The next day we jumped in the dinghy and made our first successful dinghy landing since leaving Stone Island – woohoo! It was time for an internet fix and since we can’t get internet in the bay we wandered into town to find the local internet café. The town is about ½ mile from where we beached the dinghy which made for a nice leg-stretching walk – nice since we were stuck on the boat for the past 2 days. We made our way into the center of town and chatted with a local business man about the missing internet café in town. He confirmed what we remembered from last year, there was another internet café about 5 blocks away so we hit the road again. We found the papeleria that had the ciber café inside and chatted with the owner, a woman we also remembered from last year. She has 4 PC stations and this year, wi-fi! I had brought my little laptop and took a seat outside on her patio while Michael took to one of the PC’s inside. We had a bit of catch-up to do, pictures to upload & slogs to post as well as some business stuff. We ended up spending about 2 hours there and walked away $4 lighter. We decided to forgo picking up any fresh veggies as we planned to spend many more days in the anchorage so we walked back to the dinghy landing area via the amazing beach front. The white sand beaches stretch on for miles with very few buildings or structures around. I’ll be able to upload photos in the next week, but believe me, it was spectacular.

The dinghy landing area is right in front of Miguelita’s restaurant palapa and when we walked up, we found about 17 cruisers sitting there, refreshments in hand, soaking up some sunshine & enjoying the conversation going on around the table. It was a ‘great to be alive & just because’ celebration. New friends and old, we all had something to talk about! But alas, the breaking swells on the beach began to get bigger and bigger and it was time to head back to our boats.

Back at the boat we planned for the next day’s events & settled in for a good night’s sleep. Well, it started out good! Haha… But around 11:30 or so that evening we saw lighting in the sky – uh oh. The winds picked up a little while after that and before we knew it, it was again blowing hard and those relentless swells just kept on marching in. And then….the wind stopped. Ugh. Crap! Grumble, grumble, grumble. #^&*%$!! And any other expletive you want to throw in here! It was about 1am. And so we began doing the twist again and I can assure you, Chubby Checker would not have enjoyed it either. We went beam-to, twisted, rocking horse (a comfy position), twisted, beam-to’d all night long. All night long! It was awful. Forget about sleeping! No matter where you were in the boat, you were going to get bounced out. Not to mention it was just downright uncomfortable!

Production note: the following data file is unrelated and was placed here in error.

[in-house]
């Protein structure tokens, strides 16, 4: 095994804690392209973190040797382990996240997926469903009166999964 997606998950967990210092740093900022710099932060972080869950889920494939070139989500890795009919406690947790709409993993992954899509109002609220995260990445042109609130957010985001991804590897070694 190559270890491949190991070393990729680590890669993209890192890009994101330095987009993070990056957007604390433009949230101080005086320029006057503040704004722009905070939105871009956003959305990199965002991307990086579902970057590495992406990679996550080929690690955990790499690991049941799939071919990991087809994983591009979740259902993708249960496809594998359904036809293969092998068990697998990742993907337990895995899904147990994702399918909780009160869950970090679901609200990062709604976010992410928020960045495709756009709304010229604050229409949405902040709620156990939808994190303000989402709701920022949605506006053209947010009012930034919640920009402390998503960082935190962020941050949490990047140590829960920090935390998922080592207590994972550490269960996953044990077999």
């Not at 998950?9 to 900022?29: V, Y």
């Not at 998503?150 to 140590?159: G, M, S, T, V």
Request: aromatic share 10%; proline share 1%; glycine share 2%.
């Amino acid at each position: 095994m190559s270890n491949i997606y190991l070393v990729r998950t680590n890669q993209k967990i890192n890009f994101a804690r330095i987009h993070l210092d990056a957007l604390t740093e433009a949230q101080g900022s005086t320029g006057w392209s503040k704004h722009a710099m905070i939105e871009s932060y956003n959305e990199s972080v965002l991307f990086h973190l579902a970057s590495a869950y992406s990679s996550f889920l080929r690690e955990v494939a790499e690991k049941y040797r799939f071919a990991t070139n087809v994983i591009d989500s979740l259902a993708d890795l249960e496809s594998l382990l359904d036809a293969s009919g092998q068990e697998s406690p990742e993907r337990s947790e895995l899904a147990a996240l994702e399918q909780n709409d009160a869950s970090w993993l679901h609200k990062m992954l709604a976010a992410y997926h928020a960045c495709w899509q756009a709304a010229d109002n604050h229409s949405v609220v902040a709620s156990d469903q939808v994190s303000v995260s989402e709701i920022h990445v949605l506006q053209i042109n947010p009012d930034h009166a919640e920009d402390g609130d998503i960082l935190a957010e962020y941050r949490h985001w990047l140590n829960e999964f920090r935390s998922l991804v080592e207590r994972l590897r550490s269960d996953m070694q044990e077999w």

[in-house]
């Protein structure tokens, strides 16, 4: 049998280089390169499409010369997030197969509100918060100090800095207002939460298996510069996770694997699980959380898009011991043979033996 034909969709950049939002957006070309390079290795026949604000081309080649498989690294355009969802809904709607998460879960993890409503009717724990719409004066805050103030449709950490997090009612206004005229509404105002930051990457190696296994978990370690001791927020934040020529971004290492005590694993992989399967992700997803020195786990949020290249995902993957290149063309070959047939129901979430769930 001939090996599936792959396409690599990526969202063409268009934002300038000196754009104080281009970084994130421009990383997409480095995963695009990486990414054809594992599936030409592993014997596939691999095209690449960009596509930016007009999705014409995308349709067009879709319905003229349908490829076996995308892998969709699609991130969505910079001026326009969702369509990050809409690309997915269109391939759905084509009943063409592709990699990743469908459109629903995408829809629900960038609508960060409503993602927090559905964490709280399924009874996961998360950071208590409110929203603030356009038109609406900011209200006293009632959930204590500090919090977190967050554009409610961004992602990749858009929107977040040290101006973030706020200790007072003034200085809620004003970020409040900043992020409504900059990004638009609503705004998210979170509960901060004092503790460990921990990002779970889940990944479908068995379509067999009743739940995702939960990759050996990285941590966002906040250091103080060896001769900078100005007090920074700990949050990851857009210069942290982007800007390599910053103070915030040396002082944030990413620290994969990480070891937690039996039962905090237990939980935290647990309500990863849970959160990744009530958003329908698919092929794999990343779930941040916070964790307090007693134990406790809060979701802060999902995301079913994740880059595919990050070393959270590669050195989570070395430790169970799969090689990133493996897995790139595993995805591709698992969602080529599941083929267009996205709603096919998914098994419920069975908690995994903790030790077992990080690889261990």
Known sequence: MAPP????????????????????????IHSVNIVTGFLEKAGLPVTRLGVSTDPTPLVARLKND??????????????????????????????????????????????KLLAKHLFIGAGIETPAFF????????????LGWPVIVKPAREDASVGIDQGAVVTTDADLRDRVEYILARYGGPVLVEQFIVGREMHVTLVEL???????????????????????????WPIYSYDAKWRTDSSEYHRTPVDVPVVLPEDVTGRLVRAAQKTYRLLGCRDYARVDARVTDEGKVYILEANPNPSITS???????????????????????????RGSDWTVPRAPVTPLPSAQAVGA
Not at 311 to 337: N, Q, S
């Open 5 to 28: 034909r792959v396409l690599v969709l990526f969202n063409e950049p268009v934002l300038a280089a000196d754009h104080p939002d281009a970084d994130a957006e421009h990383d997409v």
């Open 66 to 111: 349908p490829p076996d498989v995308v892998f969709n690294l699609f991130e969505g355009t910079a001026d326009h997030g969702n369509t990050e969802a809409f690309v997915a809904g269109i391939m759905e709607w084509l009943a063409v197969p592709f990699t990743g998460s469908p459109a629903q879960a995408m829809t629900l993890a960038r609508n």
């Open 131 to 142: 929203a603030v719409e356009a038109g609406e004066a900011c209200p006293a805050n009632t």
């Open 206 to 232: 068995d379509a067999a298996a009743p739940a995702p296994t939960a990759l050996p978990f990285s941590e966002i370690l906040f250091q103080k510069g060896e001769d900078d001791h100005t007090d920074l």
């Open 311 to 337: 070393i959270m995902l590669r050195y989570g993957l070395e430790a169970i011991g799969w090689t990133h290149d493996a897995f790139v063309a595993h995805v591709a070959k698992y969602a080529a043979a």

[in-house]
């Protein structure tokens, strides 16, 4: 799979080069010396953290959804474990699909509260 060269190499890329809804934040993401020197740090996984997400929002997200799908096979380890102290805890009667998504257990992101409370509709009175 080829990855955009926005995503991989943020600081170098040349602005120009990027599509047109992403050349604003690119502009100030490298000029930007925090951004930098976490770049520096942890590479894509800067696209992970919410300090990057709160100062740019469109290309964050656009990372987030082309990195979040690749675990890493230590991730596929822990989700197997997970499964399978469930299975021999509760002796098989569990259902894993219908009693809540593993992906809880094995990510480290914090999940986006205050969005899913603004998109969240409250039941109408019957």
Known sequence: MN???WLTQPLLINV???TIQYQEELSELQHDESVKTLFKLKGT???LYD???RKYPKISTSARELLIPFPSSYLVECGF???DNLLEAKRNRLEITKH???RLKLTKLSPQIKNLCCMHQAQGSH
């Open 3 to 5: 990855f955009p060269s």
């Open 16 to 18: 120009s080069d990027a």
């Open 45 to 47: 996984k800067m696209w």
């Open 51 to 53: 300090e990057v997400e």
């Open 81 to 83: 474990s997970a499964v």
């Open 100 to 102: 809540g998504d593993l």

Finally it was daylight, with the swells still kicking our ass. We had a choice to make – get behind the islands and hope it’s protected or get the heck out of there. And we did! And not only us….but most everyone in the anchorage had the same idea. The anchorage was reduced to only 1 boat by about 10:00am and all 10 boats were in a line headed South for a protected spot. From Chamela, it’s only a 6 run for us to where we are now, Tenacatita Bay. The swells were still uncomfortable on our trek as they were short & tight, but it was do-able. The wind piped up to around 15 knots and we were able to do some motorsailing but the swells were too much to sail entirely as they would stop us dead. We pulled into Tenacatita & tucked up just as close as possible to the corner of the bay, dropping anchor in only 10’ of water. The water is so crystal clear you can see your anchor and chain and is a beautiful jade green color. When we arrived there were about 10 boats in the anchorage. That number grew significantly as the day wore on and today there are about 19. Now pray for some good sleep!

Exhausted….going to sleep now…